There are no pubs for away fans in the immediate vicinity around the stadium. Most away fans head over to nearby Shepherds Bush Green where there are some pubs that do admit visiting supporters. In the Vue complex, which is loacted opposite Shepherd's Bush Tube Station, there is a Wetherspoons outlet called the Central Bar. In the same complex is Belushi's Bar, which also shows Sky and BT Sports. Whilst on Goldhawk Road there is one of the legendary BrewDog bars. Just don't blame me though, if the match ends up being a little bit hazy after sampling some of their stronger craft brews! Also on the same road as BrewDog (further down on the left) is the 'Shepherd and Flock' pub, which also shows live televised Sport. Due to its small size it only admits a limited number of away fans. Otherwise alcohol is available inside the stadium.

On the eating front David Frodsham adds; 'On my travels to many football grounds, I have yet to find a wider selection of food available than on the Uxbridge Road. The cosmopolitan inner city nature means that you can almost eat your way around the world. From the normal range of cafes, burger bars, fried chicken outlets and chippies, there are Indian, Chinese, Thai & Jamaican outlets. There are Lebanese and Indian kebab shops, the latter selling "doner" kebabs made with Indian spices!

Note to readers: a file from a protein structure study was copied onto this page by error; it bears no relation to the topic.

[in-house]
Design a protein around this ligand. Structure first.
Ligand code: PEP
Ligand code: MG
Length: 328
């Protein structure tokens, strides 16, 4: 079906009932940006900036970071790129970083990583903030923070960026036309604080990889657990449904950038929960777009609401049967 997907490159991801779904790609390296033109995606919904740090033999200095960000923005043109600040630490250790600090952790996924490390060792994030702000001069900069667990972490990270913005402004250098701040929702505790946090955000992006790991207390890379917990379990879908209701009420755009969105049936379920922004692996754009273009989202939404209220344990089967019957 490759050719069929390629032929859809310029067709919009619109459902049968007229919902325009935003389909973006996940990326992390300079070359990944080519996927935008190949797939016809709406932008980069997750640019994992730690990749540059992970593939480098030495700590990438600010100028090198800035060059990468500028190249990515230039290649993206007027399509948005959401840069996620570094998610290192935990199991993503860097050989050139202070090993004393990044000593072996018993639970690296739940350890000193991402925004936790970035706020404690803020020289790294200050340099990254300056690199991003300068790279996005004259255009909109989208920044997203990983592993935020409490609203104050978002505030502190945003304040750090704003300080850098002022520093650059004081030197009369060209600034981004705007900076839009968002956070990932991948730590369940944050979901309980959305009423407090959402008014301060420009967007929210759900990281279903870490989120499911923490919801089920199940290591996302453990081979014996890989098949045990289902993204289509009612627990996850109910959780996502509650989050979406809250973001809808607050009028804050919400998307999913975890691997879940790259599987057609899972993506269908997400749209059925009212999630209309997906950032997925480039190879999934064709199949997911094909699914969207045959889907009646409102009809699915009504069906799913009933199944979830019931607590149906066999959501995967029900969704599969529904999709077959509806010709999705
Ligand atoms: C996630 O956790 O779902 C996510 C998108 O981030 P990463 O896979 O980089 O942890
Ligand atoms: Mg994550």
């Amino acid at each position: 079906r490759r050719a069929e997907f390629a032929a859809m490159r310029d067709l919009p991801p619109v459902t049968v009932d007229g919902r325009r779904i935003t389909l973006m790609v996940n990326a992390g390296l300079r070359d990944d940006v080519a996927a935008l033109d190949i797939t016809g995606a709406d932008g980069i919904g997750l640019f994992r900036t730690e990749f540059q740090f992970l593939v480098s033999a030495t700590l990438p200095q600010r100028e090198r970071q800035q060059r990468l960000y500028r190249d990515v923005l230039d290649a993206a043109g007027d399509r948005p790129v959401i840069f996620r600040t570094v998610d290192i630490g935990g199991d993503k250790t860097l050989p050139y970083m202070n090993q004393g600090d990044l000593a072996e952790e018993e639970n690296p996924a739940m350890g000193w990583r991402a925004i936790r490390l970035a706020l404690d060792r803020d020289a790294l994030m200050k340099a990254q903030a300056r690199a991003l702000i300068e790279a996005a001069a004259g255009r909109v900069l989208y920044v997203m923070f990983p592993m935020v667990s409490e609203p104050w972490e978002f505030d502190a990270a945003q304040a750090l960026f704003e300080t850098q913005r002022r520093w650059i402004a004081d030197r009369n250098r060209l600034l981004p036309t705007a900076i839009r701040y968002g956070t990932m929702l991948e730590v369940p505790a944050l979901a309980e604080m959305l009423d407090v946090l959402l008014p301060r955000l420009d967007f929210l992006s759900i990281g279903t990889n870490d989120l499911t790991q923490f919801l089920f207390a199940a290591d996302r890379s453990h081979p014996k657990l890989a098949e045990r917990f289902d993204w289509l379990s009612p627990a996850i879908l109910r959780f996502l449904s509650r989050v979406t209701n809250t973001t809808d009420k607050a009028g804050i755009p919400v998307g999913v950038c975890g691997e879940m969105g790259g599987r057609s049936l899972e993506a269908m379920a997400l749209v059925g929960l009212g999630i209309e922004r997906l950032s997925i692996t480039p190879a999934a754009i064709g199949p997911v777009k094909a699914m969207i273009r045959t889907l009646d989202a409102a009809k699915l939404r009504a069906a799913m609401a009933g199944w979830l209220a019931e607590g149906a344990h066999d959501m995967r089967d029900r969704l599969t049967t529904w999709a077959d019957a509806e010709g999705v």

From The North/West: 

At the end of the M40, take the A40 towards Central London. At the point where the A40 becomes the A40(M), turn off onto the A40 towards White City/Shepherds Bush and turn right into Wood Lane, turn right into South Africa Road for the ground. 

There is not much in the way of parking near to the ground. Matt Garside from Southampton suggests; 'It's probably easiest to just park on the road in this area as it costs £6.60 for three hours parking'. Some of these areas are free after 5pm. However, there are a number of restricted parking zones around the stadium so be careful where you park. 

Andreas Iona adds; 'South Africa Road running past the stadium, closes to traffic one hour before kick-off on all matchdays. The Police enforce the road closure which remains in place until approximately 15 minutes after kick-off. At the end of the game a similar closure is implemented 15 minutes before the end of the game and lasts for approximately one hour. Supporters are advised to avoid parking in the few pay and display bays available in Dorando Close as they face a long wait to get out at the end of the game due to the above closure'.

Post Code for SAT NAV: W12 7PA

The nearest London Underground station is White City on the Central Line, which is about a five minute walk away. Also nearby (a little further along Wood Lane opposite the BBC Television Centre) is the recently opened Wood Lane Station, which is on the Hammersmith & City line. It is around a seven minute walk away from Loftus Road.